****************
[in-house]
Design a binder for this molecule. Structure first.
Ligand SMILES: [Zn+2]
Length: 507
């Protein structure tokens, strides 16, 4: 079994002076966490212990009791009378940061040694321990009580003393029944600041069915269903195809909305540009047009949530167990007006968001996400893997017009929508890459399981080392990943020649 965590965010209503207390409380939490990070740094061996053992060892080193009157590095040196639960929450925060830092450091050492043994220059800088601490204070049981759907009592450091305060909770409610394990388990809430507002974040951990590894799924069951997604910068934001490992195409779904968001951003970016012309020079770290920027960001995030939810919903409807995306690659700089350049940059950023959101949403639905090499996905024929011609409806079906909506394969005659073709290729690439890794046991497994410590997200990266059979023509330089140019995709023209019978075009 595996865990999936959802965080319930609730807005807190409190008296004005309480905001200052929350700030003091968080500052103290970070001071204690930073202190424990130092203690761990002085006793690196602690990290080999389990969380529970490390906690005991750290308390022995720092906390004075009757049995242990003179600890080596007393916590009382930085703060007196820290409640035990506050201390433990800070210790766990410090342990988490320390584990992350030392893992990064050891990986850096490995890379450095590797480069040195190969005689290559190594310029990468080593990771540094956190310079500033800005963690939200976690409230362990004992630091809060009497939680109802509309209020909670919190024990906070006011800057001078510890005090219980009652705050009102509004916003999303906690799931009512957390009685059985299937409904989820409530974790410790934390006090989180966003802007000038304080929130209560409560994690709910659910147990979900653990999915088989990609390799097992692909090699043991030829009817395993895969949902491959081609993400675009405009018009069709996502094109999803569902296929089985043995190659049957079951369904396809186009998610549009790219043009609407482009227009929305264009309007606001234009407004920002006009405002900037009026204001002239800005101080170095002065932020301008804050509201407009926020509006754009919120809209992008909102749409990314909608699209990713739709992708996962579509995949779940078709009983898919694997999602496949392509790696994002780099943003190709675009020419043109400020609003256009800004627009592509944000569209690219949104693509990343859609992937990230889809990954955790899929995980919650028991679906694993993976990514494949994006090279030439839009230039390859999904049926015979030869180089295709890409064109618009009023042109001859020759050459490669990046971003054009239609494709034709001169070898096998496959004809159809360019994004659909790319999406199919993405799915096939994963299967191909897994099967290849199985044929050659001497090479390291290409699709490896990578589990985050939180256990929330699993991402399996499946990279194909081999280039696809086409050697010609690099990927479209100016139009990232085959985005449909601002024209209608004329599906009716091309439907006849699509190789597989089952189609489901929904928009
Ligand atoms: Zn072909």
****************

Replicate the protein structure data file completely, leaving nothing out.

[in-house]
Design a binder for this molecule. Structure first.
Ligand SMILES: [Zn+2]
Length: 507
């Protein structure tokens, strides 16, 4: 079994002076966490212990009791009378940061040694321990009580003393029944600041069915269903195809909305540009047009949530167990007006968001996400893997017009929508890459399981080392990943020649 965590965010209503207390409380939490990070740094061996053992060892080193009157590095040196639960929450925060830092450091050492043994220059800088601490204070049981759907009592450091305060909770409610394990388990809430507002974040951990590894799924069951997604910068934001490992195409779904968001951003970016012309020079770290920027960001995030939810919903409807995306690659700089350049940059950023959101949403639905090499996905024929011609409806079906909506394969005659073709290729690439890794046991497994410590997200990266059979023509330089140019995709023209019978075009 595996865990999936959802965080319930609730807005807190409190008296004005309480905001200052929350700030003091968080500052103290970070001071204690930073202190424990130092203690761990002085006793690196602690990290080999389990969380529970490390906690005991750290308390022995720092906390004075009757049995242990003179600890080596007393916590009382930085703060007196820290409640035990506050201390433990800070210790766990410090342990988490320390584990992350030392893992990064050891990986850096490995890379450095590797480069040195190969005689290559190594310029990468080593990771540094956190310079500033800005963690939200976690409230362990004992630091809060009497939680109802509309209020909670919190024990906070006011800057001078510890005090219980009652705050009102509004916003999303906690799931009512957390009685059985299937409904989820409530974790410790934390006090989180966003802007000038304080929130209560409560994690709910659910147990979900653990999915088989990609390799097992692909090699043991030829009817395993895969949902491959081609993400675009405009018009069709996502094109999803569902296929089985043995190659049957079951369904396809186009998610549009790219043009609407482009227009929305264009309007606001234009407004920002006009405002900037009026204001002239800005101080170095002065932020301008804050509201407009926020509006754009919120809209992008909102749409990314909608699209990713739709992708996962579509995949779940078709009983898919694997999602496949392509790696994002780099943003190709675009020419043109400020609003256009800004627009592509944000569209690219949104693509990343859609992937990230889809990954955790899929995980919650028991679906694993993976990514494949994006090279030439839009230039390859999904049926015979030869180089295709890409064109618009009023042109001859020759050459490669990046971003054009239609494709034709001169070898096998496959004809159809360019994004659909790319999406199919993405799915096939994963299967191909897994099967290849199985044929050659001497090479390291290409699709490896990578589990985050939180256990929330699993991402399996499946990279194909081999280039696809086409050697010609690099990927479209100016139009990232085959985005449909601002024209209608004329599906009716091309439907006849699509190789597989089952189609489901929904928009
Ligand atoms: Zn072909």